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Publication #ENH-629

Pinus parviflora: Japanese White Pine1

Edward F. Gilman and Dennis G. Watson2


Japanese white pine creates a striking landscape element wherever it is used. Often seen as a dense, conical form when young, Japanese white pine develops into a 25- to 50-foot-tall, graceful, irregularly-shaped tree, with an equal or greater spread, and a broad, flattened canopy. The 1- to 2.5-inch-long needles are stiff and twisted, forming blue/green tufts of foliage at branch tips, and creating an overall fine texture to the tree's silhouette. The brownish-red cones are one to 4-inches-long and persist on the tree for 6- to 7-years.

Figure 1. 

Young Pinus parviflora: Japanese White Pine

[Click thumbnail to enlarge.]

General Information

Scientific name: Pinus parviflora
Pronunciation: PIE-nus par-vih-FLOR-uh
Common name(s): Japanese white pine
Family: Pinaceae
USDA hardiness zones: 4B through 7A (Fig. 2)
Origin: not native to North America
Invasive potential: little invasive potential
Uses: specimen; screen; bonsai
Availability: somewhat available, may have to go out of the region to find the tree

Figure 2. 


[Click thumbnail to enlarge.]


Height: 25 to 50 feet
Spread: 25 to 50 feet
Crown uniformity: irregular
Crown shape: pyramidal, spreading
Crown density: dense
Growth rate: slow
Texture: fine


Leaf arrangement: alternate (Fig. 3)
Leaf type: simple
Leaf margin: entire
Leaf shape: needle-like (filiform)
Leaf venation: parallel
Leaf type and persistence: needled evergreen, evergreen, fragrant
Leaf blade length: less than 2 inches, 2 to 4 inches
Leaf color: blue or blue-green, green
Fall color: no color change
Fall characteristic: not showy

Figure 3. 


[Click thumbnail to enlarge.]


Flower color: yellow
Flower characteristics: not showy


Fruit shape: oval, cone
Fruit length: 1 to 3 inches, 3 to 6 inches
Fruit covering: dry or hard
Fruit color: red, brown
Fruit characteristics: does not attract wildlife; showy; fruit/leaves a litter problem

Trunk and Branches

Trunk/bark/branches: branches droop; not showy; typically one trunk; thorns
Pruning requirement: little required
Breakage: susceptible to breakage
Current year twig color: green, brown
Current year twig thickness: medium
Wood specific gravity: unknown


Light requirement: full sun
Soil tolerances: clay; sand; loam; acidic; well-drained
Drought tolerance: moderate
Aerosol salt tolerance: high


Roots: not a problem
Winter interest: yes
Outstanding tree: yes
Ozone sensitivity: sensitive
Verticillium wilt susceptibility: resistant
Pest resistance: sensitive to pests/diseases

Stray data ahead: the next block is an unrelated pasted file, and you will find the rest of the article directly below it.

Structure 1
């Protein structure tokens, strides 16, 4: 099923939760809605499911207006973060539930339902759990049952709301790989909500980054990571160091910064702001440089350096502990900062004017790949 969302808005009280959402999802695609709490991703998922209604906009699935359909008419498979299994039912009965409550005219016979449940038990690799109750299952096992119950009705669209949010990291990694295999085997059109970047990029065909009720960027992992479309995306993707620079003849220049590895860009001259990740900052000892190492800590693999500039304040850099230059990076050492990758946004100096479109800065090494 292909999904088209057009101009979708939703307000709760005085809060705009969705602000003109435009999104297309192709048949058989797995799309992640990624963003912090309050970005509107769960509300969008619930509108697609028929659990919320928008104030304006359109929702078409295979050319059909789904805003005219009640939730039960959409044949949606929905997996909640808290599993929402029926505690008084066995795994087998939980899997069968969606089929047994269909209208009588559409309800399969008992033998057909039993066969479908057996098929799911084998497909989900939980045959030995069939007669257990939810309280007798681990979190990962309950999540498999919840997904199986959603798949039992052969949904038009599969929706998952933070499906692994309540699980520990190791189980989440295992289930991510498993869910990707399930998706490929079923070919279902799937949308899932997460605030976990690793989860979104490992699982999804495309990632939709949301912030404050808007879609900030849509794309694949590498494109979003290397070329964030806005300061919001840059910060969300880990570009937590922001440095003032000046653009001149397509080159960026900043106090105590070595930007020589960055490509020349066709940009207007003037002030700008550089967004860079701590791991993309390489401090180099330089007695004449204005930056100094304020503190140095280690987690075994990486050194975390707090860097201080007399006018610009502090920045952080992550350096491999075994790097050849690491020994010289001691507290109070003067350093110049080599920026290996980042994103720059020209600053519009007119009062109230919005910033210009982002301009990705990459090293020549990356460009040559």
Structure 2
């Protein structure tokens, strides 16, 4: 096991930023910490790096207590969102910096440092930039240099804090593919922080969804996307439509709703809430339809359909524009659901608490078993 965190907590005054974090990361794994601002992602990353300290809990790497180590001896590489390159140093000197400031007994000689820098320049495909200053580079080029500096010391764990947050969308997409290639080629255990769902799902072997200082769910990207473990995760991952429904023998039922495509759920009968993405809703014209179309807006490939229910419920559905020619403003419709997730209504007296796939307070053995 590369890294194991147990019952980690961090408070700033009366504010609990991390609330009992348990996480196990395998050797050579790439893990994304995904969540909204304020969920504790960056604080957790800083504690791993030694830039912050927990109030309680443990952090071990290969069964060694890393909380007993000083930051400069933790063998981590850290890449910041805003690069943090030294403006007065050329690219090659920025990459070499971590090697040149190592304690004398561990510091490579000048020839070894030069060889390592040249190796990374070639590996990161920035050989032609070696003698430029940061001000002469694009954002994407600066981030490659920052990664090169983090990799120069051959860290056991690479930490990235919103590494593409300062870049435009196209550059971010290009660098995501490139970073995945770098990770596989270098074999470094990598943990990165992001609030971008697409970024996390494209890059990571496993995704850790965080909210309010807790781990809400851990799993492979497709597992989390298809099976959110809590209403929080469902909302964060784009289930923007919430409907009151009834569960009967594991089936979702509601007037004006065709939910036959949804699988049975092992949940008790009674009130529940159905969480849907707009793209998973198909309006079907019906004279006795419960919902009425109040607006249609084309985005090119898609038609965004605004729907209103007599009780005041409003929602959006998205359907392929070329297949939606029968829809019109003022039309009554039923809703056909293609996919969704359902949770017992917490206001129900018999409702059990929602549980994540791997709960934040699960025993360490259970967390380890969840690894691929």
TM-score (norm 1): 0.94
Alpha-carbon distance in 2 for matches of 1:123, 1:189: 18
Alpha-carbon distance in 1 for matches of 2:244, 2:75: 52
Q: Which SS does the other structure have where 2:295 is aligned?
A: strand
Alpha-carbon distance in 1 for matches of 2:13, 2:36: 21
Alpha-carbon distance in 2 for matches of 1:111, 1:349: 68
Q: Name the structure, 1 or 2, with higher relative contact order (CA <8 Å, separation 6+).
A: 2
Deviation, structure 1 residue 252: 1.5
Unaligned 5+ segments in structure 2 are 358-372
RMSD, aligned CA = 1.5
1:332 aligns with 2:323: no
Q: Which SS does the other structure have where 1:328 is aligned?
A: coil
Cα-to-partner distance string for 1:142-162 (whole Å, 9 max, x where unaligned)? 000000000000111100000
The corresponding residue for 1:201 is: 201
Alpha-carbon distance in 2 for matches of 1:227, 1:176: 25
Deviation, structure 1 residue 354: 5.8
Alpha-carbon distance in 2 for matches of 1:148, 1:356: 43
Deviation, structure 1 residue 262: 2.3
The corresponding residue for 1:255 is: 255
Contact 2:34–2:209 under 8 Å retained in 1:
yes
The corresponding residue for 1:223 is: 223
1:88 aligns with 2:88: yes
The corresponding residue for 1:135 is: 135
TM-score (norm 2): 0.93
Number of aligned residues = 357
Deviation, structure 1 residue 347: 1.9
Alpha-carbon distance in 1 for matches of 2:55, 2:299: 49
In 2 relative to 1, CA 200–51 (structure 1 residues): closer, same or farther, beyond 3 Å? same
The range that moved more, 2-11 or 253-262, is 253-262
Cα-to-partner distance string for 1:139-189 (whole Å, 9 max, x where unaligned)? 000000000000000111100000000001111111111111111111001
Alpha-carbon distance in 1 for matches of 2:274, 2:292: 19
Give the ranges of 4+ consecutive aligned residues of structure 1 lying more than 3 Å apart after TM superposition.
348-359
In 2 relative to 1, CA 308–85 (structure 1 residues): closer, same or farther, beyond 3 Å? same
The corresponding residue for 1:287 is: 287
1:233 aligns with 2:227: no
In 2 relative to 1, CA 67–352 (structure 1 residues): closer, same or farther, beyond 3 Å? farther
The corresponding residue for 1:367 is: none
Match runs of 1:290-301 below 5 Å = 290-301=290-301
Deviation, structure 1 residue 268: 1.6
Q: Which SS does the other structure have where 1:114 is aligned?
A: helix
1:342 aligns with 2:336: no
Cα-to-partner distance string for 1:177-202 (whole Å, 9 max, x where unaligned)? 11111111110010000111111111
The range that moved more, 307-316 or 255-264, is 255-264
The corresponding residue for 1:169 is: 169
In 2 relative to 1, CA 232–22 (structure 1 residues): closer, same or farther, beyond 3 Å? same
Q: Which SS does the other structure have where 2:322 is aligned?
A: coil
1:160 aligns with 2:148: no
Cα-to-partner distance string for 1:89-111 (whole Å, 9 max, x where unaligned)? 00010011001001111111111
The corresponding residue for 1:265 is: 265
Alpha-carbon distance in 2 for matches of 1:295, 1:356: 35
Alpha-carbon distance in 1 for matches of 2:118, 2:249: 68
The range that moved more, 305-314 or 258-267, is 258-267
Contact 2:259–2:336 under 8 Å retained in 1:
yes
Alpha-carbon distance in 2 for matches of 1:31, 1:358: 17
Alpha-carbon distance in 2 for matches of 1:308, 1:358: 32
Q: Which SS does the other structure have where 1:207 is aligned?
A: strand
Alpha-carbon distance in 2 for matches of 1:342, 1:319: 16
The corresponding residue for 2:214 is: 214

Use and Management

When looking for a small, picturesque specimen pine for a coastal landscape, search no more. One of the best specimens in any landscape, Japanese white pine is a pleasure to behold with attractive foliage in all seasons. Set it off in the landscape with a low ground cover beneath or locate it in the lawn, but keep the grass cleared away from the thin-barked trunk.

Japanese white pine should be grown in full sun on well-drained soil with adequate moisture. The trees are salt-tolerant, and tolerate moderate drought and moist, clay soil.

Cultivars include: 'Brevifolia', upright, narrow tree, sparsely branched, blue/green foliage in tight bundles; and 'Glauca', available in nurseries, greenish foliage with a touch of silver, wide-spreading tree, 45 feet high or more.

Propagation is by seed.

Pests and Diseases

There are a large number of pests and diseases on pine.



This document is ENH-629, one of a series of the Environmental Horticulture Department, UF/IFAS Extension. Original publication date November 1993. Revised December 2006. Reviewed February 2014. Visit the EDIS website at


Edward F. Gilman, professor, Environmental Horticulture Department; and Dennis G. Watson, former associate professor, Agricultural Engineering Department, UF/IFAS Extension, Gainesville, FL 32611.

The Institute of Food and Agricultural Sciences (IFAS) is an Equal Opportunity Institution authorized to provide research, educational information and other services only to individuals and institutions that function with non-discrimination with respect to race, creed, color, religion, age, disability, sex, sexual orientation, marital status, national origin, political opinions or affiliations. For more information on obtaining other UF/IFAS Extension publications, contact your county's UF/IFAS Extension office.

U.S. Department of Agriculture, UF/IFAS Extension Service, University of Florida, IFAS, Florida A & M University Cooperative Extension Program, and Boards of County Commissioners Cooperating. Nick T. Place, dean for UF/IFAS Extension.